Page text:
Effective & efficient profit extraction for company directors

Sarah Hendy


Be that political change at home or abroad, the loss of iconic figures or the constant evolving world that is the financial services sector.

So, as providers and those of you who are advisers, our challenge is to constantly be ready to meet our clients’ requirements and provide the solutions to address their ever-changing needs.

It has been widely reported in the media that lots of company directors have maxed out or are about to max out their pension pots. Many are looking elsewhere for tax efficient ways to grow their wealth and provide for their retirement. The problem is how to extract profits from their businesses without being completely stung by the tax-man?


We know that where Company Directors hold surplus cash or retain profits within their companies that it can cause issues with their ability to utilise Business Relief (BR);

  • Too much cash could be classed an excepted asset so BR may no longer be applicable
  • If most of the company’s assets are being held in cash/other investments here is a risk the whole company no longer qualify for BR
  • And worse-case scenario, the company is holding so much cash it couldbe deemed as an investment company and when it is sold, the Directors may not even be entitled to Entrepreneur’s Relief (ER).


So what if you could offer your clients a solution? Well one potential option could be for the Directors to withdraw the surplus profits from the company in the form of an extra dividend.

Yes, dividend tax will be payable, but by investing the necessary amount in an Enterprise Investment Scheme (EIS) to off-set the Income Tax liability the Directors can start to grow their personal wealth which, ultimately, will help them extract the surplus cash held in a tax-efficient manner thus protecting the company’s ability to fully utilise BR/ER.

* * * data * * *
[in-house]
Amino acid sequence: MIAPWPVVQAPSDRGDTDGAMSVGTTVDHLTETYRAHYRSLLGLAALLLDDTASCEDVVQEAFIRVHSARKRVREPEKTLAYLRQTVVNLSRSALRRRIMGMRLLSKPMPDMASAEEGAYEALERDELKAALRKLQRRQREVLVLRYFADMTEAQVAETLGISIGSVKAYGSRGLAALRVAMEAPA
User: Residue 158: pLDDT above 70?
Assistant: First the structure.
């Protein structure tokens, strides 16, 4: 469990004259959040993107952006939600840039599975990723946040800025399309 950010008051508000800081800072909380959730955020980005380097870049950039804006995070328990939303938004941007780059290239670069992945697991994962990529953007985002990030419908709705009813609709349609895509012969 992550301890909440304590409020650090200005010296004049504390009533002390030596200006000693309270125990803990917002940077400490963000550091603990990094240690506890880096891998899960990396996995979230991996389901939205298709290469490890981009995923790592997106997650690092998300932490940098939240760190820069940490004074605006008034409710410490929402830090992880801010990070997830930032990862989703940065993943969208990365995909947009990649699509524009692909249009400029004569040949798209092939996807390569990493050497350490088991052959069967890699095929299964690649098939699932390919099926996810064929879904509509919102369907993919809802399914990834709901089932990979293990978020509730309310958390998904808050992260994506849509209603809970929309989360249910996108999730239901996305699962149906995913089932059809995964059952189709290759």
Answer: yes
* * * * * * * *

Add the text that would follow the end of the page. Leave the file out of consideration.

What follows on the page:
• Withdraw surplus profits in form of an extra dividend
  • NB – tax will be payable
  • Divide the tax due by 30% and this will give the amount required to invest into an EIS and off-set the liability
  • EIS also benefits from 100% IHT relief after two years through BR if still held at time of death (they would have lost the IHT free status of the dividend withdrawal if it did qualify for BR in the company)
  • After four years when liquidity is expected, they can withdraw from the EIS tax free / tax paid.


To maximise the potential, a rolling strategy could be employed whereby each year, an additional dividend is extracted and invested into an EIS to offset the Income Tax liable. Now – and here’s the good bit – come year four when the first EIS is liquidated, the exiting money is reinvested to offset the dividend tax due in year five. The following year, the year two EIS money is reinvested to offset the dividend tax due in year six and so on.

So by employing a rolling strategy whereby the Director has completed this strategy for four years, the annual dividend is effectively tax free (as the liability is continually being off-set by the EIS reinvestment).

Now that sounds like a jolly good plan to me!



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